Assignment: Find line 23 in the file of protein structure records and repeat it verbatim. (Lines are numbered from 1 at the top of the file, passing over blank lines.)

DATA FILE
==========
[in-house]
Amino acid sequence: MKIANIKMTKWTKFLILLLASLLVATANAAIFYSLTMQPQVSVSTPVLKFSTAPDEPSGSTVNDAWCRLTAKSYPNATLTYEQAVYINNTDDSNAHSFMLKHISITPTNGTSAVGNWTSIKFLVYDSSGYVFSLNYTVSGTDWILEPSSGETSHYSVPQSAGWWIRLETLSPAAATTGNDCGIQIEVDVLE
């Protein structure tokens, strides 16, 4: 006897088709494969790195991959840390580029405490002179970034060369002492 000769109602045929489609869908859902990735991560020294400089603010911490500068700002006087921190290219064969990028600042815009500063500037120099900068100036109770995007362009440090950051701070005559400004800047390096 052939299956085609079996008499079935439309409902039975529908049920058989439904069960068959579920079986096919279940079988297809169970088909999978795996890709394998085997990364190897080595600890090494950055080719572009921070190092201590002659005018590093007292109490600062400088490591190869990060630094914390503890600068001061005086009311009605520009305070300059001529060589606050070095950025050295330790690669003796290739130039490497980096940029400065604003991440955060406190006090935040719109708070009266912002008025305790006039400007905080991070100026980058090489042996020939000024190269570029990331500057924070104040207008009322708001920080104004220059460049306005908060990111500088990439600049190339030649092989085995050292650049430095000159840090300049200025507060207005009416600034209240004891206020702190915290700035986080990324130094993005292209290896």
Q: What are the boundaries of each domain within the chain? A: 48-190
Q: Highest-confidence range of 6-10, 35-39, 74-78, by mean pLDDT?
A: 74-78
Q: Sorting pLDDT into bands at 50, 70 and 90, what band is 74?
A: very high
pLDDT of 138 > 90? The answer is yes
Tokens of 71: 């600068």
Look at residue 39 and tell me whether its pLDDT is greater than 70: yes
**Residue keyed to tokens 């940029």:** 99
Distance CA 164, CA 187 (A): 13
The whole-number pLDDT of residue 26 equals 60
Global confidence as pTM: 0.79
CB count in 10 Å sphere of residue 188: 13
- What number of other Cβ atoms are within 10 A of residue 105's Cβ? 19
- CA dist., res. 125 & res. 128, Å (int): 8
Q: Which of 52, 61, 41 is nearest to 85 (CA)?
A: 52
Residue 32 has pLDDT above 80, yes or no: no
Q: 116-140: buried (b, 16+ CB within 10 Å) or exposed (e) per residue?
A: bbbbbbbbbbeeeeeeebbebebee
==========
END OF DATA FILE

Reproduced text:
A: bbbbbbbbbbeeeeeeebbebebee